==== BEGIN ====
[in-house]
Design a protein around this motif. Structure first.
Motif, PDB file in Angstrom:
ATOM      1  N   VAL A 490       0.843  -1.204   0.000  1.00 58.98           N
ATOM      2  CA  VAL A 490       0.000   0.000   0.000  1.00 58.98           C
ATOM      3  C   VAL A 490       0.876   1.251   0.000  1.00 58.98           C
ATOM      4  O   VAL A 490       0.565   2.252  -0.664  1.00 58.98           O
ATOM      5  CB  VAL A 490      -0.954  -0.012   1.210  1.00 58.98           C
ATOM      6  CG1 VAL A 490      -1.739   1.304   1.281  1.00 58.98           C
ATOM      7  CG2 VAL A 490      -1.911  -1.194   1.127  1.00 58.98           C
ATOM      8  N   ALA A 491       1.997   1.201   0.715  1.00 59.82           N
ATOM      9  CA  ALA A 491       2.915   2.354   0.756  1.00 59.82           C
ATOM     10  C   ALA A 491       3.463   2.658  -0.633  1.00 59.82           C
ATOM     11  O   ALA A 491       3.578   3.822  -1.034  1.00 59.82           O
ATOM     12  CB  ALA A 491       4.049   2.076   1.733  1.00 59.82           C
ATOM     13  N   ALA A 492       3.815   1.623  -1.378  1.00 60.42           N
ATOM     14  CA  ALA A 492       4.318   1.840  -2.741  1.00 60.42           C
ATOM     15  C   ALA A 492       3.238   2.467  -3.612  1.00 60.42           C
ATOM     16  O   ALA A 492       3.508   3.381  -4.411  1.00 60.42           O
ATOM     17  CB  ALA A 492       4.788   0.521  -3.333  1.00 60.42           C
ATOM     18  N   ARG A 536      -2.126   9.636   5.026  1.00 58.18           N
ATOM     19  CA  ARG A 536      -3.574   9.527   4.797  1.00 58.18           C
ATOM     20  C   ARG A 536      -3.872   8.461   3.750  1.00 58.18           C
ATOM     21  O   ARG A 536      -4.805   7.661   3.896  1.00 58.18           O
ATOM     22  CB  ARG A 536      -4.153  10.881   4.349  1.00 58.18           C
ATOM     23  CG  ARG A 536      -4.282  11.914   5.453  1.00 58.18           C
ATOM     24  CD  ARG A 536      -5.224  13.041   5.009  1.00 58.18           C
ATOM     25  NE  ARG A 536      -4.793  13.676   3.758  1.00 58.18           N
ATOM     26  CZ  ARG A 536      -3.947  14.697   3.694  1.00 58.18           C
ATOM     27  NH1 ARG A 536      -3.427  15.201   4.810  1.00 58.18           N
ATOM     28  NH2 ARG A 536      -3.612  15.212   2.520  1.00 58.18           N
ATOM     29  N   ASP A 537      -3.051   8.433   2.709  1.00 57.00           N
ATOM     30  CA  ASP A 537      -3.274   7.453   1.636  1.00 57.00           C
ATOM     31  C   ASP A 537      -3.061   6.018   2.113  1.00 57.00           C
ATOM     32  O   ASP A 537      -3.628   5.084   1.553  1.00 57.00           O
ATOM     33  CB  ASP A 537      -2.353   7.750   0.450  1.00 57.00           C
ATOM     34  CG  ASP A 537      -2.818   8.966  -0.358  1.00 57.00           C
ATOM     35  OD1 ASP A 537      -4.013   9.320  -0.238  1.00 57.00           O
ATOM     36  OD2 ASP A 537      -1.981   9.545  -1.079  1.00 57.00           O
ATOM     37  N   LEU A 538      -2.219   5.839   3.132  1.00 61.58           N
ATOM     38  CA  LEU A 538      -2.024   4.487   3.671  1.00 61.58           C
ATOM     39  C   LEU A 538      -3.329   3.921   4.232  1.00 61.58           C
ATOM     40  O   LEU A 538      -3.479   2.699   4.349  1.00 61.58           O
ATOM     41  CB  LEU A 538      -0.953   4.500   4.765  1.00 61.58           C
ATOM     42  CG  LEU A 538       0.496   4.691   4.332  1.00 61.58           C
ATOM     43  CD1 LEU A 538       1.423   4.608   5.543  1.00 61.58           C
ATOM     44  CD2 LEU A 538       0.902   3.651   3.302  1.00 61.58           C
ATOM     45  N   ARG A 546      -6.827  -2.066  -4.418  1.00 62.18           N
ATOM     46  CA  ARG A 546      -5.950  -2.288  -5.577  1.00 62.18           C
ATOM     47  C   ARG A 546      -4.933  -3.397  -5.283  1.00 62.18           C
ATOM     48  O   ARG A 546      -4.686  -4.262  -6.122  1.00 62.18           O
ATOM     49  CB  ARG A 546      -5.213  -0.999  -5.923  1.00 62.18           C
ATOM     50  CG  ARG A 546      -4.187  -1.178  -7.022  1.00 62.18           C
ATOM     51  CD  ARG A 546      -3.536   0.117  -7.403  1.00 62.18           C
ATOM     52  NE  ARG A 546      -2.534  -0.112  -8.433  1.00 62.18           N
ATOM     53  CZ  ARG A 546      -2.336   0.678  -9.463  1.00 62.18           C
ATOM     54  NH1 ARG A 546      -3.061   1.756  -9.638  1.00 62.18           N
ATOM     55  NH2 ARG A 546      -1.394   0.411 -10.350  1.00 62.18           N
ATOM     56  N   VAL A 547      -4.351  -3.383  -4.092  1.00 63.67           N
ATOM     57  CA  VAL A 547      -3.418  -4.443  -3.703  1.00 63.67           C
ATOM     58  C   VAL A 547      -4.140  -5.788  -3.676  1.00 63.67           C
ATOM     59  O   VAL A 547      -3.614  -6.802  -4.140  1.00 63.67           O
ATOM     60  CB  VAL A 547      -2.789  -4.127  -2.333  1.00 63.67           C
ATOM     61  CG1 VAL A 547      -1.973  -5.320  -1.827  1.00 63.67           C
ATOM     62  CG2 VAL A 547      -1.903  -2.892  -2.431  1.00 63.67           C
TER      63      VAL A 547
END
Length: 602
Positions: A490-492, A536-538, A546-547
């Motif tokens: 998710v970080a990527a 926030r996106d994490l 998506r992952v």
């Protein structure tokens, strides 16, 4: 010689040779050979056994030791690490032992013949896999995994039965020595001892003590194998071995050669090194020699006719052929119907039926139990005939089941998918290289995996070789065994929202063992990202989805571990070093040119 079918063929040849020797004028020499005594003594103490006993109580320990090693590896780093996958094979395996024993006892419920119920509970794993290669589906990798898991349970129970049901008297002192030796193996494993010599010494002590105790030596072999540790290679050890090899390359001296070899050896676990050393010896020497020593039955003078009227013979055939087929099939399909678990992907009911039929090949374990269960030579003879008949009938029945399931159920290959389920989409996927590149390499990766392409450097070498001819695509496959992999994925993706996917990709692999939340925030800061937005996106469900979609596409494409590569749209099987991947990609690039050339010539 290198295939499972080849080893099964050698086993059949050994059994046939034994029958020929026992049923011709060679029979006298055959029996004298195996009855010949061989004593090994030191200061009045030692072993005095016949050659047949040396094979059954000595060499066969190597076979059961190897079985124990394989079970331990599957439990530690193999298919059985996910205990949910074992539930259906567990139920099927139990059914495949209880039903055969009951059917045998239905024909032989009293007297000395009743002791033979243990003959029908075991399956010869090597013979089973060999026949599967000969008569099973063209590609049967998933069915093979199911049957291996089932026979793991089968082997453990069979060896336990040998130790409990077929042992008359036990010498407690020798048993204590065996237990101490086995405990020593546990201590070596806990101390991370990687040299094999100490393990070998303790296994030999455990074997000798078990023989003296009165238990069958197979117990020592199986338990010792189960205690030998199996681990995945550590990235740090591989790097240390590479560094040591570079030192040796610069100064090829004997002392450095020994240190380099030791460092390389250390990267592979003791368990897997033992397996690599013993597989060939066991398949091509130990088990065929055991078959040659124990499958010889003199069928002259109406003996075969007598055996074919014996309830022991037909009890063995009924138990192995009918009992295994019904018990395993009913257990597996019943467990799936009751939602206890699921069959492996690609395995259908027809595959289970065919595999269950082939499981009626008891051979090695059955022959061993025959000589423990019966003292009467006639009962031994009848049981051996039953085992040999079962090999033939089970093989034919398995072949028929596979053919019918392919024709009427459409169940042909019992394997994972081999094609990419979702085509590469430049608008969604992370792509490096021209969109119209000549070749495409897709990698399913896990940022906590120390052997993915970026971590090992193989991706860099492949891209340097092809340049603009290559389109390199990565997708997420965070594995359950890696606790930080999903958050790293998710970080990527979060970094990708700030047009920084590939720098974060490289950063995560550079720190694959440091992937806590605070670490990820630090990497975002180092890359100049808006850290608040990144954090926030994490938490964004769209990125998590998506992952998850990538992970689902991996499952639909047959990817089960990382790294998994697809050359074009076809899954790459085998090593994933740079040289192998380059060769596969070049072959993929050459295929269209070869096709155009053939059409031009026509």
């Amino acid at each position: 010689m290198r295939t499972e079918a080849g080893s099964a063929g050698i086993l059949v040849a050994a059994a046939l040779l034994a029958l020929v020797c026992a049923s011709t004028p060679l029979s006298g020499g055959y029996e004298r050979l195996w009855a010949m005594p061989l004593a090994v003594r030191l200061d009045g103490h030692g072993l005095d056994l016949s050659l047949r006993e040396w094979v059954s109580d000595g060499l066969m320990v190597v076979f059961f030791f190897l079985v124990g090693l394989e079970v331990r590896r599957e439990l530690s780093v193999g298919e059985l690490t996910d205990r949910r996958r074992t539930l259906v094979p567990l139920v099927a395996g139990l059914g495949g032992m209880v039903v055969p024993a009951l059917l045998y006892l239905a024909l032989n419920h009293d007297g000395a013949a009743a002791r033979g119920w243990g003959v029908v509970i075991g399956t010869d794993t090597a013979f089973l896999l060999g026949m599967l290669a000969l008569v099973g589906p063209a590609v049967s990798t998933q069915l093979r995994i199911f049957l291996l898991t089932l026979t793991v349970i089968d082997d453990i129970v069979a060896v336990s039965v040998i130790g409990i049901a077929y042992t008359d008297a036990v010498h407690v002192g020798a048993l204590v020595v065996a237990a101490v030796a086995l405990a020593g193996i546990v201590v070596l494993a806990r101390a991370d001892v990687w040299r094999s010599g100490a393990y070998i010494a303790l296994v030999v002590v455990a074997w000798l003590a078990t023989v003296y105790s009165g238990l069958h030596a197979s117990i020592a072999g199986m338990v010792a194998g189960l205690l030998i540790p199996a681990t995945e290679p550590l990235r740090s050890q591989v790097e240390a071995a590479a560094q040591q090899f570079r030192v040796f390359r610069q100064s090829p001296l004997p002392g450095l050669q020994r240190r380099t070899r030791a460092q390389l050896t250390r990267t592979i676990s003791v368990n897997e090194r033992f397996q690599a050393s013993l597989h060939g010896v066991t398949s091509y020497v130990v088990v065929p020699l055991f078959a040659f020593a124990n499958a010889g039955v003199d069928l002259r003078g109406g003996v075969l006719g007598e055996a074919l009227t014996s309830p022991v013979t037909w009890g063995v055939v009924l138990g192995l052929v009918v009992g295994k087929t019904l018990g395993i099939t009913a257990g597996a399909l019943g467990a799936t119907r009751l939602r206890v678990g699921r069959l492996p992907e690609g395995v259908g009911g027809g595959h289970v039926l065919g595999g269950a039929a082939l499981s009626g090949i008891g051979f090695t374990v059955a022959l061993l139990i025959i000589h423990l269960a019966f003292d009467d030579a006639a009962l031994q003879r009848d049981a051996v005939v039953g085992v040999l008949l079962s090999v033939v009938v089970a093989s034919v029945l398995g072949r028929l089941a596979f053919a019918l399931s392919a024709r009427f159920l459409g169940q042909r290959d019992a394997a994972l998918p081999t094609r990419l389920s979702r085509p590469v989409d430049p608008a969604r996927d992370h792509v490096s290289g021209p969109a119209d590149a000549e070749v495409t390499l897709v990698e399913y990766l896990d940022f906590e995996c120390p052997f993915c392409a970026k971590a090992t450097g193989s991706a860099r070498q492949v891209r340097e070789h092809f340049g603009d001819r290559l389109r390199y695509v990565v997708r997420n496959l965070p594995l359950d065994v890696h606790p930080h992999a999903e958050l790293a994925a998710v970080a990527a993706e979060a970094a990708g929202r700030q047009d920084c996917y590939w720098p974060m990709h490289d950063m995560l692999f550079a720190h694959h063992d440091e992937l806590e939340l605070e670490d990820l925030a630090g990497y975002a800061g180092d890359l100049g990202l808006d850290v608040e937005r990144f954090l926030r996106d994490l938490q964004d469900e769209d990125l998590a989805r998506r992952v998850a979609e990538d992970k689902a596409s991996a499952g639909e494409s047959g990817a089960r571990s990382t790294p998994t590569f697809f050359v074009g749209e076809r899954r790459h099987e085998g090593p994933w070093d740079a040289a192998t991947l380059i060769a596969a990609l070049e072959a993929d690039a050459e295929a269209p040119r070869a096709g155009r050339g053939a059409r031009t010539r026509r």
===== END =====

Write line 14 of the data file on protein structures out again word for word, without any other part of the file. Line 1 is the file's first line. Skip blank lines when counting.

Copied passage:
ATOM     11  O   ALA A 491       3.578   3.822  -1.034  1.00 59.82           O